The Wall Street Journal thinksEdward Snowden may have incidentally provided China with a new, powerful cyberweapon.
China is known for its “Great Firewall,” a nationwide system of web blocks and filters that the government uses to maintain strict online censorship in mainland China.
Now it reportedly has a complementary offensive tool — dubbed the Great Cannon — to go after sites it doesn’t like. And Snowden may be to blame.
“The Great Cannon is not simply an extension of the Great Firewall,” experts at the University of Toronto’s Citizen Lab reported, “but a distinct attack tool that hijacks traffic to (or presumably from) individual IP addresses, and can arbitrarily replace unencrypted content as a man-in-the-middle.”
China can now re-route innocent traffic coming to Chinese websites and use it for a malicious distributed denial of service (DDoS) attack to overload the servers of another website. It may also be able to inject malicious code into target computers.
Citizen’s Lab notes that the only other “known instances of governments tampering with unencrypted Internet traffic to control information or launch attacks” involve the use of a program called QUANTUM that was developed by the US’s National Security Agency (NSA) and the UK’s Government Communications Headquarters (GCHQ).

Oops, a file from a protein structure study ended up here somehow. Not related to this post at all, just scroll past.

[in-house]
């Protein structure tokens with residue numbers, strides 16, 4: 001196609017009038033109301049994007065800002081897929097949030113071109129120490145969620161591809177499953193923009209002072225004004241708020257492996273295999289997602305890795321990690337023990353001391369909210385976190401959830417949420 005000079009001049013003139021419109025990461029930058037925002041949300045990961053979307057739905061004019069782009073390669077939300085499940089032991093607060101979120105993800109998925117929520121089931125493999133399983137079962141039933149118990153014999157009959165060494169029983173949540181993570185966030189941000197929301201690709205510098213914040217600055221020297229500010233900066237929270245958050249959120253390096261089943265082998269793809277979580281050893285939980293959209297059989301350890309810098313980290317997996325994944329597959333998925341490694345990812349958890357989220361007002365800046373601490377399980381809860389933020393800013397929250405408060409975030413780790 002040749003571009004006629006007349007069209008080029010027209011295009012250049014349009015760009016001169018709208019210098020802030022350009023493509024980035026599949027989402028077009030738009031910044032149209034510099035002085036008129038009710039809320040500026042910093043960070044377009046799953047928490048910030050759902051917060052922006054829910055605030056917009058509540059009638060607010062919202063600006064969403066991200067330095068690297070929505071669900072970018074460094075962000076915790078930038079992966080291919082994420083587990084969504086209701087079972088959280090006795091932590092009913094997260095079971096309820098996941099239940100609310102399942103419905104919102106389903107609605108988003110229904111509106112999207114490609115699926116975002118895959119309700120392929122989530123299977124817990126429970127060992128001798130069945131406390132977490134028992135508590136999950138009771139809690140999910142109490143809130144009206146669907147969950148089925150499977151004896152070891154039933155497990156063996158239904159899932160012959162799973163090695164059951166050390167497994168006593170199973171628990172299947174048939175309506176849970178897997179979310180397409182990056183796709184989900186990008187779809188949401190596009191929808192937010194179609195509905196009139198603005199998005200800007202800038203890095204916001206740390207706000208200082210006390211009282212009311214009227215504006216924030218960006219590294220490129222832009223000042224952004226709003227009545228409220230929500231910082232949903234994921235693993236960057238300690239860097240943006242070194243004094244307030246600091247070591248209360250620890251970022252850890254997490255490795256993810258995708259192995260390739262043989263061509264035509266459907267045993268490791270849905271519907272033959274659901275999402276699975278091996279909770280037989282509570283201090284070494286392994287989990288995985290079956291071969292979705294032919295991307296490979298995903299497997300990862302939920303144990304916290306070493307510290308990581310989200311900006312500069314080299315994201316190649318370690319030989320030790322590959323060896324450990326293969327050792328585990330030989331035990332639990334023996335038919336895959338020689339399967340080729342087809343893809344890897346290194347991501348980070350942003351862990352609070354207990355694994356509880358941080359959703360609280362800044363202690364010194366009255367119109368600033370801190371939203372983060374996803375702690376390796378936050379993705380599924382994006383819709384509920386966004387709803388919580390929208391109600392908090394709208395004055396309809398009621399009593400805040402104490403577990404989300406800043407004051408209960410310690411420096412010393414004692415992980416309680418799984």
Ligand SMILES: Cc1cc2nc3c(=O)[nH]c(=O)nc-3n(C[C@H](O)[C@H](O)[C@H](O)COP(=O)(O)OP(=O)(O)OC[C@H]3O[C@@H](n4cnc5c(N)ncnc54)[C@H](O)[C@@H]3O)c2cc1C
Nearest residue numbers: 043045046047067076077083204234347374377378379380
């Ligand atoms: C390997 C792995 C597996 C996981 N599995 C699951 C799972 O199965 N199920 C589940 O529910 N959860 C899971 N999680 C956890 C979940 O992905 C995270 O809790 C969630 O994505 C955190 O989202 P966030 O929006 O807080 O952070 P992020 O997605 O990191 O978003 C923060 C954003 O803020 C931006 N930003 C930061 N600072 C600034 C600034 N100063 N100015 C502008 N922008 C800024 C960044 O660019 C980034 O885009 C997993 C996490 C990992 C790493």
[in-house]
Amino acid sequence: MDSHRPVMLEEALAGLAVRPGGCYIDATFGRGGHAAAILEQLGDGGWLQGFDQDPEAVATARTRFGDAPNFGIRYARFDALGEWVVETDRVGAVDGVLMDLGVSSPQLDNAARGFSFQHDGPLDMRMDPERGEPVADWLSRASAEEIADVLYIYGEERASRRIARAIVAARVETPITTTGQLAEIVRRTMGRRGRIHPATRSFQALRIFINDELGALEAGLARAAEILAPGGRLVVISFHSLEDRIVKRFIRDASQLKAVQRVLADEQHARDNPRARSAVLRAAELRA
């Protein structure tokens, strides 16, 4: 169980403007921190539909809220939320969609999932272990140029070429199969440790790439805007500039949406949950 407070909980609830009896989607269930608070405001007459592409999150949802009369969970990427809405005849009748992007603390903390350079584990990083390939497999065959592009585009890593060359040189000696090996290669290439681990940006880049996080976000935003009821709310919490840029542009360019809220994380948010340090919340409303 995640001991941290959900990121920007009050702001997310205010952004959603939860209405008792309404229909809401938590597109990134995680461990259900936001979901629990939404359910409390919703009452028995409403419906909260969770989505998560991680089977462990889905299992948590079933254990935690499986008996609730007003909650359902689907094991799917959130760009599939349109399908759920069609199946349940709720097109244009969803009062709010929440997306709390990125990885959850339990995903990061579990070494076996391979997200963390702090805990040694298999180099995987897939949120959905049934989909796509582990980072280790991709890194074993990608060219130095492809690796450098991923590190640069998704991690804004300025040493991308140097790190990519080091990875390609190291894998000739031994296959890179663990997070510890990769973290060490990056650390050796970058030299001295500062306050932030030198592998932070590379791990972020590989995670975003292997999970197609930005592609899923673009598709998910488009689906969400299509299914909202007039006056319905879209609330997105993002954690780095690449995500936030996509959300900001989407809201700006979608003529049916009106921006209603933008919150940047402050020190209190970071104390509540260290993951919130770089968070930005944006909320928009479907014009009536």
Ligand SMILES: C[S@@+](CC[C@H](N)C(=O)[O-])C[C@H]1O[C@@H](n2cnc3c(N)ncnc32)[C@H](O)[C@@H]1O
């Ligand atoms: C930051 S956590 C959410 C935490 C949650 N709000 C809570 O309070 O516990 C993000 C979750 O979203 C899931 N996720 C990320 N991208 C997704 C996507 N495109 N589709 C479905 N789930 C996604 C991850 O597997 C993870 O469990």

Snowden revealed the existence of QUANTUM through slides given to American journalists Glenn Greenwald and Laura Poitras in Hong Kong after he arrived on May 20 2013. The Journal is now wondering if the former NSA contractor provided the source code to Beijing before flying to Moscow on June 23.
“Did Snowden give the Chinese the code for the Great Cannon?” The editorial asks. “He denies sharing anything with foreign governments. But then he’s an admitted liar, and we don’t know what the Chinese and Russian spy services have been able to copy from what he stole.”
The Journal’s evidence regarding Snowden and the Great Cannon is scant and circumstantial and is mainly based on suspicion of Snowden, the similarities between the Great Cannon and QUANTUM, and timing.
“A South China Morning Post report that the Great Cannon has been under development for about a year is suggestive,” the Journal asserts. “This means China’s hacking bureaucracy geared up to produce this new product soon after the Snowden leaks.”
In any case, China now has a powerful new cyberweapon to enforce its the world’s vastest internet censorship regime.
“The operational deployment of the Great Cannon represents a significant escalation in state-level information control: the normalization of widespread use of an attack tool to enforce censorship by weaponizing users,” CitizenLab notes.
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